These results beg the question – why would a frog call during the day, when the likelihood of drying out in the sun, or being located by a predator is likely to be higher? Perhaps, if a frog is hiding in a moist habitat, the possible reward of finding a mate might make calling in the day worthwhile. Indeed, the three species with the highest proportion of diurnal calling are small (<2 cm body length) frog species that call from secretive positions in wet or moist microhabitats. Other species with relatively high rates of diurnal calls are known to produce toxins (e.g. the Brood Frogs (Pseudophryne)) probably reducing their predation risk. By calling during the day, frogs may also avoid having their calls drowned out by a chorus of other calling frogs.

Red-crowned Toadlet (Pseudophryne australis)

Red-crowned Toadlet (Pseudophryne australis).

Image: Jodi Rowley
© Australian Museum

Call of the Red-crowned Toadlet (Pseudophryne australis)

Although most Australian frog species are more active at night, these findings also highlight the potential to survey for many frog species during the day as well. This is particularly important considering the large number of threatened frog species in Australia. Indeed, three of the top ten species in terms of their proportion of diurnal calling are threatened species (the Wallum Froglet (Crinia tinnula), the Red-crowned Toadlet (Pseudophryne australis) and the Green and Golden Bell Frog (Litoria aurea).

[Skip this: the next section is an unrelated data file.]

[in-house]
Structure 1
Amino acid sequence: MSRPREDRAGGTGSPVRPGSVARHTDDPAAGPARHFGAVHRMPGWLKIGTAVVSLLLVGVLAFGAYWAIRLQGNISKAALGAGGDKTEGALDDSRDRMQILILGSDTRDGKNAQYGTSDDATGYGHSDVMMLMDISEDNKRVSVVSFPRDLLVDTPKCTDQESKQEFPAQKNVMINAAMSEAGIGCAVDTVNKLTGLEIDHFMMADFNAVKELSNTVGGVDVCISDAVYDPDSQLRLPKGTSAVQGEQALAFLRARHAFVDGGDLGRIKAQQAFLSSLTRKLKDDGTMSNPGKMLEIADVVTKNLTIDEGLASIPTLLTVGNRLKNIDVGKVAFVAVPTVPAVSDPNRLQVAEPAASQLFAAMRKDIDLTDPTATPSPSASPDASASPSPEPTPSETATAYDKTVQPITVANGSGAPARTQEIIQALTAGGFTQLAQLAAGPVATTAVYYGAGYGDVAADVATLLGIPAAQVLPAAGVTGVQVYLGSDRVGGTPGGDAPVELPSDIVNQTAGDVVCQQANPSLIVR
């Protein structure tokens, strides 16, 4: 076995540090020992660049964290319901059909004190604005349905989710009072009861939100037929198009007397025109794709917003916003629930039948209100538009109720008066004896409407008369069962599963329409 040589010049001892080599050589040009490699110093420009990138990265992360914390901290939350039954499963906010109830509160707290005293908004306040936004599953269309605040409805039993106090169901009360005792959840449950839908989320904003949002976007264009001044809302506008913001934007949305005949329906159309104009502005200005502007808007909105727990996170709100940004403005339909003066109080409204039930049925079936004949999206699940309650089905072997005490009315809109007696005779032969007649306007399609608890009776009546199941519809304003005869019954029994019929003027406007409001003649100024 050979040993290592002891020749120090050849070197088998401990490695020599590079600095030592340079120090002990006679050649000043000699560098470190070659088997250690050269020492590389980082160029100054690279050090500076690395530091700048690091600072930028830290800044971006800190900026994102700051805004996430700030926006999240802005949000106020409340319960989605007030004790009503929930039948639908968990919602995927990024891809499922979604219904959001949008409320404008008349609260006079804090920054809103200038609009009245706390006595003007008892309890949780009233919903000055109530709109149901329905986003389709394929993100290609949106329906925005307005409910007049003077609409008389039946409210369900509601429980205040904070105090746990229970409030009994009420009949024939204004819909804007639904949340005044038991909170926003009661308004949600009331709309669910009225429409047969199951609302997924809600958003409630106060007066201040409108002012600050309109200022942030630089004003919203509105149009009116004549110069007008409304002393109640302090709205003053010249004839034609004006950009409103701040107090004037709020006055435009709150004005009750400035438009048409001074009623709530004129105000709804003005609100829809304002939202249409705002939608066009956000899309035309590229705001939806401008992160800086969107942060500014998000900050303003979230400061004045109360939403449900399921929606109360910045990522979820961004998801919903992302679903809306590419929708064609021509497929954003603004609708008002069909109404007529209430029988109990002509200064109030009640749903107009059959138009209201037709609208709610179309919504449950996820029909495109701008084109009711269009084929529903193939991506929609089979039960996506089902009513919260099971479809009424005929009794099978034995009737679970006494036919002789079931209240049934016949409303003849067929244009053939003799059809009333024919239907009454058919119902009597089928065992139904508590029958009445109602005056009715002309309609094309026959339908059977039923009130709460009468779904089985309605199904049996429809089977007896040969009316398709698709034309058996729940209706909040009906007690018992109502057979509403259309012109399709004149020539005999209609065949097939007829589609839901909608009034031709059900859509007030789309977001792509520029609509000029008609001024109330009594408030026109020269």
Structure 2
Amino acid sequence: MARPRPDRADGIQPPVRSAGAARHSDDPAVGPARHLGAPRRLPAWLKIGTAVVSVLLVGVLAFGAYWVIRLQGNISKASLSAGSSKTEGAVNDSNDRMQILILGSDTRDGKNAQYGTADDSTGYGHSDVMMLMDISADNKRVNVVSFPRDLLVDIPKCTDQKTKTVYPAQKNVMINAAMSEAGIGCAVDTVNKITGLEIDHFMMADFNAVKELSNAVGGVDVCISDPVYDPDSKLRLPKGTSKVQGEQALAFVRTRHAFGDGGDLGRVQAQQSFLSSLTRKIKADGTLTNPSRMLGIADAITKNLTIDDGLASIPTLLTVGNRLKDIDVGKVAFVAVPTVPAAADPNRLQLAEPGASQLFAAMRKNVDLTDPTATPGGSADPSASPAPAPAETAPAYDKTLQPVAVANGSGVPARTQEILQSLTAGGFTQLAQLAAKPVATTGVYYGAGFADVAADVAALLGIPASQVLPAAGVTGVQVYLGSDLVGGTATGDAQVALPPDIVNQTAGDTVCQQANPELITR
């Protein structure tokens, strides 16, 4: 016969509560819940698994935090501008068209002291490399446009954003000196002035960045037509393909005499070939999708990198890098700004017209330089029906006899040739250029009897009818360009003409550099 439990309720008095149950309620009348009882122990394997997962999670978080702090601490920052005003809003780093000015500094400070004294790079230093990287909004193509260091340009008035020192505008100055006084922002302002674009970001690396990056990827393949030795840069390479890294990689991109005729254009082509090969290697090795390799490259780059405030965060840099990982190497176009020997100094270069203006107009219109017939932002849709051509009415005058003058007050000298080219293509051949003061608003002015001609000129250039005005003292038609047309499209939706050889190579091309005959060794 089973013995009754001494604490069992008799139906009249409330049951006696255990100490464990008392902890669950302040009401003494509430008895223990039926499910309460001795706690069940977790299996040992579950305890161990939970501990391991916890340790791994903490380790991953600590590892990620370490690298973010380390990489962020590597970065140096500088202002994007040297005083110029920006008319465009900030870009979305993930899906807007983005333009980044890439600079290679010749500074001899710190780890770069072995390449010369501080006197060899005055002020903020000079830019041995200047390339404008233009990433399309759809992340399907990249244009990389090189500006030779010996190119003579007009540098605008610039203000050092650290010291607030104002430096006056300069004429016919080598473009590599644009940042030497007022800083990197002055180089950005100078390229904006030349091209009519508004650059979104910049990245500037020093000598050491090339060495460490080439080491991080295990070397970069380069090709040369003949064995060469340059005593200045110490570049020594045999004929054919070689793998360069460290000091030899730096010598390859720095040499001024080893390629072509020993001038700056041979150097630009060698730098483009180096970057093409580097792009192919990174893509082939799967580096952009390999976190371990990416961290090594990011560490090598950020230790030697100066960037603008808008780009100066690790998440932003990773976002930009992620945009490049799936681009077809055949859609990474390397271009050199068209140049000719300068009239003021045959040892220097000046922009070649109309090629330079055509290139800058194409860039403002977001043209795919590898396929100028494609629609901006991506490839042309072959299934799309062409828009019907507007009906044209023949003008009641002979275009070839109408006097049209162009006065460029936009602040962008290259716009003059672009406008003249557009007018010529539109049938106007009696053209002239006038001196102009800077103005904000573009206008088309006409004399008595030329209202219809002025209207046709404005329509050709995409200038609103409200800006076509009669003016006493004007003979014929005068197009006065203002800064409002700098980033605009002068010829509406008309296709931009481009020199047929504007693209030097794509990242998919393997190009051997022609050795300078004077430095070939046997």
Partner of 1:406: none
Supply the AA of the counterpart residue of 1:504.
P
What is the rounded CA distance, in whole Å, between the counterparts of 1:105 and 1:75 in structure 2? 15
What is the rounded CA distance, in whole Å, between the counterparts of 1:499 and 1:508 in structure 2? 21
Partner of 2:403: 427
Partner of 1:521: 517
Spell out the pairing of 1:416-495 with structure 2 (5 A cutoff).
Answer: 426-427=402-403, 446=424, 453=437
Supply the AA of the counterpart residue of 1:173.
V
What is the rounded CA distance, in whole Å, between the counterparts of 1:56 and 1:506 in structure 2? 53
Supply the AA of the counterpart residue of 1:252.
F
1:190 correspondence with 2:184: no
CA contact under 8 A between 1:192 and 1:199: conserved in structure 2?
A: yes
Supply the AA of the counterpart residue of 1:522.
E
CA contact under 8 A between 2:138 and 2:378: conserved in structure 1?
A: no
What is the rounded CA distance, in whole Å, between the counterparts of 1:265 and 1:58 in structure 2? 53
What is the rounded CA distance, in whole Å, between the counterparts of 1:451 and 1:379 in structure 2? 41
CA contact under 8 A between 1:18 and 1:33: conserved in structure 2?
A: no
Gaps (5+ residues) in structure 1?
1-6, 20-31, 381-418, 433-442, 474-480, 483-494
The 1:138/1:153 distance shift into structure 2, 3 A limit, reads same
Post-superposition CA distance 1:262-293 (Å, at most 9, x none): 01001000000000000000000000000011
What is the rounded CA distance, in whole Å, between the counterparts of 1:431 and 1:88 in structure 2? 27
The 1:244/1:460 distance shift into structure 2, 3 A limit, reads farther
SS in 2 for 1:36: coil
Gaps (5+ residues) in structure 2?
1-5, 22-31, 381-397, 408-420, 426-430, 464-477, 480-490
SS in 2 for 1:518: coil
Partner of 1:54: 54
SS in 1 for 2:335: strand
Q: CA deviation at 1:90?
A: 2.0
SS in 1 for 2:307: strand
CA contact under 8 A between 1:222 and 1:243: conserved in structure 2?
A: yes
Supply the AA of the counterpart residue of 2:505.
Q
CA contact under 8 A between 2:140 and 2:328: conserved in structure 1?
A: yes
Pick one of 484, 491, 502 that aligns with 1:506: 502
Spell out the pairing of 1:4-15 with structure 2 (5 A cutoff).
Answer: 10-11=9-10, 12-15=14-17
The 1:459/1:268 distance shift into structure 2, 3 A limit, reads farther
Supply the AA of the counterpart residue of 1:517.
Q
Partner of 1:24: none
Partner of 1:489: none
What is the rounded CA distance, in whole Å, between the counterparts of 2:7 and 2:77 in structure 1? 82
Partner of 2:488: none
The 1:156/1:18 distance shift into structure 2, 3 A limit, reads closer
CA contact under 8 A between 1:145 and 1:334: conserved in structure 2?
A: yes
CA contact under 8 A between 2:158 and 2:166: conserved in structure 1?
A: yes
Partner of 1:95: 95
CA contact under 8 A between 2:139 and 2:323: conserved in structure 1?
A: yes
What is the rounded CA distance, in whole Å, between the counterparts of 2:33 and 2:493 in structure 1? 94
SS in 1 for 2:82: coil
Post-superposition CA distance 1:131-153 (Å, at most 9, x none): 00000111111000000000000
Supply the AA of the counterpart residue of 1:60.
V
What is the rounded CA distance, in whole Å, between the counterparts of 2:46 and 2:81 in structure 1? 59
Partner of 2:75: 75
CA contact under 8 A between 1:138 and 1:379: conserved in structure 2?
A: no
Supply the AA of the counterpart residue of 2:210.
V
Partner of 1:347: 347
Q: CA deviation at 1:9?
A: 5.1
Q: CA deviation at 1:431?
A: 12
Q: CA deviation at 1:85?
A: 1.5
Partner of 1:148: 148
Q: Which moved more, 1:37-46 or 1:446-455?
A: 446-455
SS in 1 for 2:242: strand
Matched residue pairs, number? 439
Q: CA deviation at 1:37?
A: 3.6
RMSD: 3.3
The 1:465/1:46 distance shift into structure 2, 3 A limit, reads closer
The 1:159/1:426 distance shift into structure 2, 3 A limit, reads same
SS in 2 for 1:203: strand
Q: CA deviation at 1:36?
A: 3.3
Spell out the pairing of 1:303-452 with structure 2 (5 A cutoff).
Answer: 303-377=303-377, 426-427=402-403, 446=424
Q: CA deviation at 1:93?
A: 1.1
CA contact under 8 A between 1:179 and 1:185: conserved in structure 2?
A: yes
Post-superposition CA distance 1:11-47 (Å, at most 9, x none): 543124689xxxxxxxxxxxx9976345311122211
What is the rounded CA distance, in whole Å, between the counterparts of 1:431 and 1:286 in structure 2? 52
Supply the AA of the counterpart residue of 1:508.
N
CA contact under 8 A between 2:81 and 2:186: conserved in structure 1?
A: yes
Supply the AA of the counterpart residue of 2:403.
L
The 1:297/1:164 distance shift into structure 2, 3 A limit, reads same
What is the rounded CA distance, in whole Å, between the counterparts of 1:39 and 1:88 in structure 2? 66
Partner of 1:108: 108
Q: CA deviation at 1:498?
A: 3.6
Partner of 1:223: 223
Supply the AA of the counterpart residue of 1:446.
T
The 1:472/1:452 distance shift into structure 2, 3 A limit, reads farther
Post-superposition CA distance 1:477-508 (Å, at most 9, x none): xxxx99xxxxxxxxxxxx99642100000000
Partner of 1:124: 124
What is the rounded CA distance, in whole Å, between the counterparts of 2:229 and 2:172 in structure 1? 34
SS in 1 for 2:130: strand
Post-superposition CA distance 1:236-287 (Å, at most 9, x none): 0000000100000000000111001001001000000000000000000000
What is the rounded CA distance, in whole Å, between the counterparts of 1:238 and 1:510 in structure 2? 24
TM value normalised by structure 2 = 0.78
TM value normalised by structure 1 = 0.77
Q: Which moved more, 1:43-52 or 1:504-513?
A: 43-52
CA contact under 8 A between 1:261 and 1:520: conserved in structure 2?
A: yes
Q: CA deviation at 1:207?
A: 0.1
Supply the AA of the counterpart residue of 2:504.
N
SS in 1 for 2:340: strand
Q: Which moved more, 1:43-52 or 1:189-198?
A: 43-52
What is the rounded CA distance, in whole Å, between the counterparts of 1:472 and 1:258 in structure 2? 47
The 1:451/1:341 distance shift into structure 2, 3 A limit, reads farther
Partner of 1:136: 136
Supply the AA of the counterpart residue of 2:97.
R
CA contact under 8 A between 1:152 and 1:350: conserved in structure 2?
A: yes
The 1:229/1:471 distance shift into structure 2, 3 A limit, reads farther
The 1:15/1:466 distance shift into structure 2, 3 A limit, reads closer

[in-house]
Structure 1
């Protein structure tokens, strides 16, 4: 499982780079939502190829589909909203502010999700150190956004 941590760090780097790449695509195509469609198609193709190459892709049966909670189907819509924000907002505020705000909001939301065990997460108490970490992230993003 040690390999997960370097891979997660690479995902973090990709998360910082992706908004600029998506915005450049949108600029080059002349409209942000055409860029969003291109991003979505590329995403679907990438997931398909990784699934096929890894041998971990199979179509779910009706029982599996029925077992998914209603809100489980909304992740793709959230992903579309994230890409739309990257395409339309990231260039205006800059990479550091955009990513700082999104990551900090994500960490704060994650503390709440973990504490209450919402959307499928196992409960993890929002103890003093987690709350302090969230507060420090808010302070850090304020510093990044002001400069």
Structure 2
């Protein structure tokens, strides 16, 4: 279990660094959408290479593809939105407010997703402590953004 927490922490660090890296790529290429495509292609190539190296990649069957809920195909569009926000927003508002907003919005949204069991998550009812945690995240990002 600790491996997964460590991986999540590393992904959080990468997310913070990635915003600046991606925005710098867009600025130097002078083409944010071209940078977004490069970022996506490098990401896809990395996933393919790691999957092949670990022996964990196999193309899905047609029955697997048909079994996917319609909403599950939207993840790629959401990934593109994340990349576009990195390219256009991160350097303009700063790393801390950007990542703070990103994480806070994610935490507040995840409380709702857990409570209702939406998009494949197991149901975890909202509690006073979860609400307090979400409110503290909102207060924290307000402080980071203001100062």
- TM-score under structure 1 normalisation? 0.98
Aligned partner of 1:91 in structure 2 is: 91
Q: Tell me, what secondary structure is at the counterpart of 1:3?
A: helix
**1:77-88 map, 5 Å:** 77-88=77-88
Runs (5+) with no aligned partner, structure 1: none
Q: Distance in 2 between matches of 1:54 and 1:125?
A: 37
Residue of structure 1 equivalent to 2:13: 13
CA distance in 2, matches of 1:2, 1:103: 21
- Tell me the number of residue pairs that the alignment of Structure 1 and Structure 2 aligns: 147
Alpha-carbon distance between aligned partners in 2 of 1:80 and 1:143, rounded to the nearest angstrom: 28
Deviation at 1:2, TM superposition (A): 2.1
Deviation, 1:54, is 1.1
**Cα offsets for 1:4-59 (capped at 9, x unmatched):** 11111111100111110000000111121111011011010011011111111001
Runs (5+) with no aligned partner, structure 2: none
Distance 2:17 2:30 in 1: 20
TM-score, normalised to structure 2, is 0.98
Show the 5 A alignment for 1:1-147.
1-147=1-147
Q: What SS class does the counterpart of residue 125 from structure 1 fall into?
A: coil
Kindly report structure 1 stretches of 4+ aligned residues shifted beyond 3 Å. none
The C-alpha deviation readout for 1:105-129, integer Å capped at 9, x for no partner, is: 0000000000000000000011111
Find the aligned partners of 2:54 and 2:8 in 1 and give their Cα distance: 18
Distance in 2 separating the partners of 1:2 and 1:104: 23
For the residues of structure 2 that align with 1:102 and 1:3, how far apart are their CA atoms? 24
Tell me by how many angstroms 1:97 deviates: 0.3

While these results are a fantastic insight into when frogs call, they are also an indication of when people are up and recording frogs. Not surprisingly, there are relatively few submissions in the early hours of the morning! The more recordings of frogs submitted, the clearer the frog calling times will be.

Northern Ornate Nursery Frog

Northern Ornate Nursery Frog (Cophixalus ornatus)

Image: Jodi Rowley
© Jodi Rowley

Recordings of calling frogs by citizen scientists across Australia has revealed widespread diurnal calling across a taxonomically, ecologically, and geographically diverse frog fauna. Thank you to every single person that has submitted a recording of a calling frog to the FrogID project, day or night. Please keep recording frogs, whatever time of day you hear them!

Dr Jodi Rowley, Curator, Amphibian & Reptile Conservation Biology, Australian Museum Research Institute & UNSW Sydney.

Dr Corey Callaghan, Centre for Ecosystem Science; School of Biological, Earth and Environmental Sciences; UNSW Sydney.

More information:

Callaghan, C.T. & Rowley, J.J.L. (2020). A continental assessment of diurnality in frog calling behaviour. Austral Ecology.


We thank the Citizen Science Grants of the Australian Government for providing funding for the FrogID project, the Impact Grants programme of IBM Australia for providing the resources to build the FrogID App, Bunnings Warehouse Australia, Fyna Foods, John T Reid Charitable Trusts, and other project partners and support for FrogID. We thank the thousands of citizen scientists who contribute to FrogID records, and the FrogID team, who validates submissions, thus creating the robust dataset which made this study possible.